The plaintiff must also prove a requisite degree of fault regarding publication of the statement.  Generally, the quantum of fault depends on whether the plaintiff is a public figure or a private individual.

If the plaintiff is a public figure, the plaintiff must show that the defendant acted with malice.  Belcher v. King, 2020 WL 4726593 (Tex. App.—Austin 2020).  A statement is made with malice if it is made “with knowledge that it was false or with reckless disregard of whether it was false or not.”  WFAA-TV, Inc. v. McLemore, 978 S.W.2d 568, 573-74 (Tex. 1998).  Generally, actual malice focuses “on the defamation defendant’s attitude toward the truth of what it reported” whereas reckless disregard requires the plaintiff to prove that the defendant “entertained serious doubts as to the truth of his publication.”  Id.  Reckless disregard is a subjective standard that focuses on the defendant’s conduct and state of mind.  Bentley v. Bunton, 94 S.W.3d 561, 591 (Tex. 2002).  And a showing of reckless disregard requires more than mere negligence or failure to use reasonably prudent conduct—there must be evidence that the defendant had “significant doubt about the truth of his statements at the time they are made.”  Bentley, 94 S.W.3d at 591, 596.

The standard is lower if the plaintiff is a private individual.  Specifically, in these instances, the plaintiff must show only negligence.  Id.; see also WFAA-TV, Inc. v. McLemore, 978 S.W.2d 568, 571 (Tex. 1998).  Negligence is established upon a showing that the publisher knew or should have known that the defamatory statement was false.  HDG, Ltd. v. Blaschke, 2020 WL 1809140 (Tex. App.—Houston [14th Dist.] Apr. 9, 2020).

Damages

Generally, with any cause of action under Texas law, a plaintiff must show damages.  However, in defamation cases, if the false and defamatory statement at issue is considered defamatory per se, the plaintiff may be awarded nominal damages without proof of actual injury.  This is because mental anguish and loss of reputation are presumed based on the statement alone.  Brady v. Klentzman, 515 S.W.3d 878, 886 (Tex. 2017).  Examples of statements that are defamatory per se include those accusing someone of a crime or those that tend to injure a person in his office, profession, or occupation.  In re Lipsky, 460 S.W.3d at 596.

If the false and defamatory statement is not considered defamatory per se (referred to in Texas as defamation per quod), then the plaintiff must show actual damages for loss of reputation, mental anguish, or economic loss.  For defamation per quod, a plaintiff must carry the burden of proof on both the existence and amount of damages.  Hancock, 400 S.W.3d at 63.  And before a plaintiff can recover general damages in an action for defamation per quod, the plaintiff must prove special damages.  See Dallas Morning News, Inc. v. Tatum, 554 S.W.3d 614, 626 (Tex. 2018).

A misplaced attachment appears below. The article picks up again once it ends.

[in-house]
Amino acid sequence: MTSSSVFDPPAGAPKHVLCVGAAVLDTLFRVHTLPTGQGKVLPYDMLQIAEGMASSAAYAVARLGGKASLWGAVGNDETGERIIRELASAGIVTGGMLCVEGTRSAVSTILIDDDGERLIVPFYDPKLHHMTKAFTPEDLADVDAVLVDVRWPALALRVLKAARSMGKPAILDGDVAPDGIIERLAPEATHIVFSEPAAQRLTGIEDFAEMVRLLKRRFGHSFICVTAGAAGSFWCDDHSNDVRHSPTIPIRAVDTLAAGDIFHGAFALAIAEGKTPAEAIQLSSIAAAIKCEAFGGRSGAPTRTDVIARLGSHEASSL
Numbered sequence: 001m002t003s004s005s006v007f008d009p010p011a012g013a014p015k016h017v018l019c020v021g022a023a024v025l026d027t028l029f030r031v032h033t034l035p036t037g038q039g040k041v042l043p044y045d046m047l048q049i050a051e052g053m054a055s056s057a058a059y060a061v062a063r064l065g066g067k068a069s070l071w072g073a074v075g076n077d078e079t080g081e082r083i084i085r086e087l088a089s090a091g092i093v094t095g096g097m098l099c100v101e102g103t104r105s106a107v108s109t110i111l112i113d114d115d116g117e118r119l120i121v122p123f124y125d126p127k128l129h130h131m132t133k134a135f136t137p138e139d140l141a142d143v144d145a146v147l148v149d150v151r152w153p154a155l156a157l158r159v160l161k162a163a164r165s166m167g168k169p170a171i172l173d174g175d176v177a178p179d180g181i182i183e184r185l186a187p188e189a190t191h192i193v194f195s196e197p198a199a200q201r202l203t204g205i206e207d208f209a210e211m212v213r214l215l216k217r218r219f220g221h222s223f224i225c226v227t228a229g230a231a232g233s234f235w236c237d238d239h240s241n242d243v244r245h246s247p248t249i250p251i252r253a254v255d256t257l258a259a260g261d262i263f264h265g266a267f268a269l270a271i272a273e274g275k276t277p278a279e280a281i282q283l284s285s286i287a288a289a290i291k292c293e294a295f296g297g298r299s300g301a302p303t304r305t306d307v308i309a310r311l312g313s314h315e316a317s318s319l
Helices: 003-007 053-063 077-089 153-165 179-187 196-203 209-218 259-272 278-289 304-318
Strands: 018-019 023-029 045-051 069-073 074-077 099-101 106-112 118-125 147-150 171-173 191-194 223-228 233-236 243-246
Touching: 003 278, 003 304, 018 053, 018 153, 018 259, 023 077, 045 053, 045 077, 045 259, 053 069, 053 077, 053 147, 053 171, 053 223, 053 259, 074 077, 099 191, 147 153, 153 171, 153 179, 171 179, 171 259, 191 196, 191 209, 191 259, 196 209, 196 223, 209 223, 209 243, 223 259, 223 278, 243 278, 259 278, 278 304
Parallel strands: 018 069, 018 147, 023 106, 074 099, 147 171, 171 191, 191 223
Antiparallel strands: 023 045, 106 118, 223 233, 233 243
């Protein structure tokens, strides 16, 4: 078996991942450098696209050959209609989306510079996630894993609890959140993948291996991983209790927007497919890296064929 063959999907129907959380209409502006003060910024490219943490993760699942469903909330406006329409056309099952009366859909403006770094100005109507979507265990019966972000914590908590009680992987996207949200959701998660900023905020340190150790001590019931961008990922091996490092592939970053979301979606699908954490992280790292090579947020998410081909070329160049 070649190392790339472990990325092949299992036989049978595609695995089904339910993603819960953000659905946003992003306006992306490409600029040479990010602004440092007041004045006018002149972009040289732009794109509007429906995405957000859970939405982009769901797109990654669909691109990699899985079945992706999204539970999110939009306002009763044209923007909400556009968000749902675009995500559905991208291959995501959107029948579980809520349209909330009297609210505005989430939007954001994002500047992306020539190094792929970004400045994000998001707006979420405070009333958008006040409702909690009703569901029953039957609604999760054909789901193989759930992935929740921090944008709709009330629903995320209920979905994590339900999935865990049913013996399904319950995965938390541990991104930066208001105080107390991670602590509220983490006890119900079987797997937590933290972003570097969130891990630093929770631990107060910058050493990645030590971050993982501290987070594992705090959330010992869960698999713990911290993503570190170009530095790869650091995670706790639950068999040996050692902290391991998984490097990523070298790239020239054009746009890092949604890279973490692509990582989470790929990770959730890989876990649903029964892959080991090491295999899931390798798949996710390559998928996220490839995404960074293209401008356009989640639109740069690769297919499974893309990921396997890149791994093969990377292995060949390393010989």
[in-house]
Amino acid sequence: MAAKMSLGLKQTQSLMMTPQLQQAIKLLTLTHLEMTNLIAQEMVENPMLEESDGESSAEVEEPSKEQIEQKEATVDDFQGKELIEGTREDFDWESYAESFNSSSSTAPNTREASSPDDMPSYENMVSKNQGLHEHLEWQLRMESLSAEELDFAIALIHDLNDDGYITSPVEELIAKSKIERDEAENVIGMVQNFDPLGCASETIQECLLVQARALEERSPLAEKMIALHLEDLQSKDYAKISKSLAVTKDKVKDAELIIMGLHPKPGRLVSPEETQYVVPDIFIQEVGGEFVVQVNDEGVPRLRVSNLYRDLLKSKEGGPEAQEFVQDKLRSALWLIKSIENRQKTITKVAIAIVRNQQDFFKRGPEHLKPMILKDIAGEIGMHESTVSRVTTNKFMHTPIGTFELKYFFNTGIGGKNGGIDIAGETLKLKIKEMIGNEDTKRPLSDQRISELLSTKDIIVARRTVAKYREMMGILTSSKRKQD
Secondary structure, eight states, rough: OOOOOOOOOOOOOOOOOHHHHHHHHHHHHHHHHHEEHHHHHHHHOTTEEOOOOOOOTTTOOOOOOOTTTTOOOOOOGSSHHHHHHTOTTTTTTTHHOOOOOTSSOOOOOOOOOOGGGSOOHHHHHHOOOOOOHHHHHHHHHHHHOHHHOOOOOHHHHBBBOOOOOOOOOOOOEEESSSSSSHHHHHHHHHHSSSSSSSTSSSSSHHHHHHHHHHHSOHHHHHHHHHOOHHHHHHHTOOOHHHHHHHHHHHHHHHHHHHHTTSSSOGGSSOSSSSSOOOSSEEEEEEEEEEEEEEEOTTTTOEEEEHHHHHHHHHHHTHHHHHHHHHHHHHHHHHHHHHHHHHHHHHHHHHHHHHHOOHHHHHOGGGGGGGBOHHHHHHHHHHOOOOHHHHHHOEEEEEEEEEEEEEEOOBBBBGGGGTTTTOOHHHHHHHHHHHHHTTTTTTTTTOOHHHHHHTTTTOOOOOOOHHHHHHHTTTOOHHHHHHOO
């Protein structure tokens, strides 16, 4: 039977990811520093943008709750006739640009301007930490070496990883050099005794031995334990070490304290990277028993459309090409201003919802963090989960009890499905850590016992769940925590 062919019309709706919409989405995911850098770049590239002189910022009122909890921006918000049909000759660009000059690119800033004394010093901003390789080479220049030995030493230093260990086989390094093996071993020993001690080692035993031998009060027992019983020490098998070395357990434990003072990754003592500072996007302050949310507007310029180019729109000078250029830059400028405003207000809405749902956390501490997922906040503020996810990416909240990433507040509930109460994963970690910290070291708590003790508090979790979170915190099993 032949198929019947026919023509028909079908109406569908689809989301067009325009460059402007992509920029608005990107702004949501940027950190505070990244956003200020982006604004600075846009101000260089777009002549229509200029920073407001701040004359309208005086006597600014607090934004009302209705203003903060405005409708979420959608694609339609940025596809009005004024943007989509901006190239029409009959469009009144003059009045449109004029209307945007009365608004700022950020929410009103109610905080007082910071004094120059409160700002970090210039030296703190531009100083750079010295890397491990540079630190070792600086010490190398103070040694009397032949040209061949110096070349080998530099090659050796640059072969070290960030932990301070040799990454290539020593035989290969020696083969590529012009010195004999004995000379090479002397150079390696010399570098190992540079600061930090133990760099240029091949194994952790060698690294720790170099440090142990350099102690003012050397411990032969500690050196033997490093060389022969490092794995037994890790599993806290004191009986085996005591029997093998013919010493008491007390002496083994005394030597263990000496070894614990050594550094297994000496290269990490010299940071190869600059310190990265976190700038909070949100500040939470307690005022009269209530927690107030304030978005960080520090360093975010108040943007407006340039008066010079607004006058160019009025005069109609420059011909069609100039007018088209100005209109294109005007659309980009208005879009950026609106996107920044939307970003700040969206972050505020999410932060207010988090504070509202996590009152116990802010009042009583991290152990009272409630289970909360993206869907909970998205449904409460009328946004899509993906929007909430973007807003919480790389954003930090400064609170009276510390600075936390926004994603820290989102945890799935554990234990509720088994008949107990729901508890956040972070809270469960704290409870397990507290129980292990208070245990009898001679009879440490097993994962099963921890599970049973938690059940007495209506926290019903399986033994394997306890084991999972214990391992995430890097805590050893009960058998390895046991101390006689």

Statute of Limitations

By statute, a one-year statute of limitations applies to actions for defamation.  See Tex. Civ. Prac. & Rem. Code § 16.002(a).  For these purposes, an action for defamation accrues when the defamatory statement is published.  See San Antonio Credit Union v. O’Connor, 115 S.W.3d 82, 96 (Tex. App.—San Antonio 2003, pet. denied).  However, the discovery rule can apply to an action for defamation when a defamatory statement is “inherently undiscoverable” or not a matter of public knowledge.  Velocity Databank, Inc. v. Shell Offshore, Inc., 456 S.W.3d 605, 609 (Tex. App.—Houston [1st Dist.] 2014, pet. denied); Newson v. Brod, 89 S.W.3d 732, 736 (Tex. App.—Houston [1st Dist.] 2002, no pet.).

A defamatory statement is “inherently undiscoverable” where, by its nature, it is unlikely to be discovered within the prescribed limitations period despite due diligence.  S.V. v. R.V., 933 S.W.2d 1, 7 (1996).  If this rule applies, the limitations period begins to run when the plaintiff learns, or through the exercise of reasonable diligence should have learned, of the existence of the defamatory statement.  Childs v. Haussecker, 974 S.W.2d 31, 37 (Tex. 1998).

Conclusion

Defamation claims may arise from any written or oral publication (e.g., television, newspaper, internet, etc.).